Proprioceptive Neuromuscular Facilitation (PNF) is a more advanced form of flexibility training. PNF involves both stretching and contracting (activation) of the muscle group being targeted in order to achieve maximum static flexibility.
What happens during proprioceptive neuromuscular facilitation?
PNF is a form of stretching designed to increase flexibility of muscles and increase range of movement. PNF is a progressive stretch involving muscle contraction and relaxation. Your physiotherapist will gently stretch the muscle and you will resist the stretch by contracting the muscle for about 5 seconds.
What is an example of a PNF stretch?
For example, to perform a PNF stretch of the hamstring with a partner: Lie on your back with one leg extended toward the ceiling. Stretch: Have your partner move your leg into a static stretch by pressing it gently toward your face. Hold the static stretch for about 10 seconds.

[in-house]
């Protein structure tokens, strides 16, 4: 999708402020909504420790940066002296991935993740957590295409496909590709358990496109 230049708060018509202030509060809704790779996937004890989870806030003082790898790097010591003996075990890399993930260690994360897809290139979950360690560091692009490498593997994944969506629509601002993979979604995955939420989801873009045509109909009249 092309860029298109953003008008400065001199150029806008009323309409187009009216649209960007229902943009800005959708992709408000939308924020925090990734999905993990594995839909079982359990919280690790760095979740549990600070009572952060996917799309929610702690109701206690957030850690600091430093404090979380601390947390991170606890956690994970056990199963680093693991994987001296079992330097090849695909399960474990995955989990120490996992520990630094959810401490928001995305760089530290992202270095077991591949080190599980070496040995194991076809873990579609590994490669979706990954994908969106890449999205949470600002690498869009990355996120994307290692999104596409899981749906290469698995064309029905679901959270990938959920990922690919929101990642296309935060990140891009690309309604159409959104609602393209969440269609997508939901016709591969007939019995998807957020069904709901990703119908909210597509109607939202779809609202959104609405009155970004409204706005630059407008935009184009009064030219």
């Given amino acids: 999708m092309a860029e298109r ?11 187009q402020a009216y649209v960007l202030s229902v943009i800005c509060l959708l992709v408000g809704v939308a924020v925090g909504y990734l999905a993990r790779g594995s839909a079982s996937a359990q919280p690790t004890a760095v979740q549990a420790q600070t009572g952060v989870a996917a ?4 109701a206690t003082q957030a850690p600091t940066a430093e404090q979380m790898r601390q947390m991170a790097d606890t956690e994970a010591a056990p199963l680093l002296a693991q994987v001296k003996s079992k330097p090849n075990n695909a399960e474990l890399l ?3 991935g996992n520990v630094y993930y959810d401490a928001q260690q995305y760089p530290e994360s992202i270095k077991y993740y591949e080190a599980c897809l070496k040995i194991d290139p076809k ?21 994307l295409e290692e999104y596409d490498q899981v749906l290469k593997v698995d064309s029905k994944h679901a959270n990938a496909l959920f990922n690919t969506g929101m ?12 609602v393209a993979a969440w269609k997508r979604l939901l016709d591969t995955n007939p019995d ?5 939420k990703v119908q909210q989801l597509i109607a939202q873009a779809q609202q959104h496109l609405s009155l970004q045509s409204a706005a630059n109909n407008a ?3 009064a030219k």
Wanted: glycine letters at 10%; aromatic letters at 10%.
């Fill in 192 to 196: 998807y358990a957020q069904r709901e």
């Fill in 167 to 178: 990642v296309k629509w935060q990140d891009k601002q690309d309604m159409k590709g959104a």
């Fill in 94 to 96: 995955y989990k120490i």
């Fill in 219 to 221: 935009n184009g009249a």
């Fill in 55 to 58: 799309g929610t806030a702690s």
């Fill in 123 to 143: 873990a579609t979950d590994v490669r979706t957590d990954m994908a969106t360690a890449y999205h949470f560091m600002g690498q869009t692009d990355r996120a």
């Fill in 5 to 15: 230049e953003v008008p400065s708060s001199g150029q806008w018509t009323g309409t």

What are the 3 types of PNF stretching?
There are three different types of PNF stretches:
- Contract-Relax Method.
- Agonist-Contract Method.
- Contract-Relax-Agonist-Contract Method.
Is PNF static or dynamic?
PNF stretching is currently the fastest and most effective way known to increase static-passive flexibility.
When should PNF stretching be used?
Sports Medicine, 36(11):929-39. “PNF stretching is positioned in the literature as the most effective stretching technique when the aim is to increase ROM, particularly in respect to short-term changes in ROM.
Is PNF active stretching?
There are four types of stretching – active stretching, passive stretching, dynamic stretching, and proprioceptive neuromuscular facilitation (PNF) stretching, which involves table stretching.
Is PNF stretching Safe?
Despite its potential effectiveness at increasing your flexibility and range of motion, PNF stretching isn’t for everyone. For many of the PNF techniques, a partner is required to do them safely. There is also a high potential for muscle or joint injury if the stretches are done incorrectly (Behm, 2016).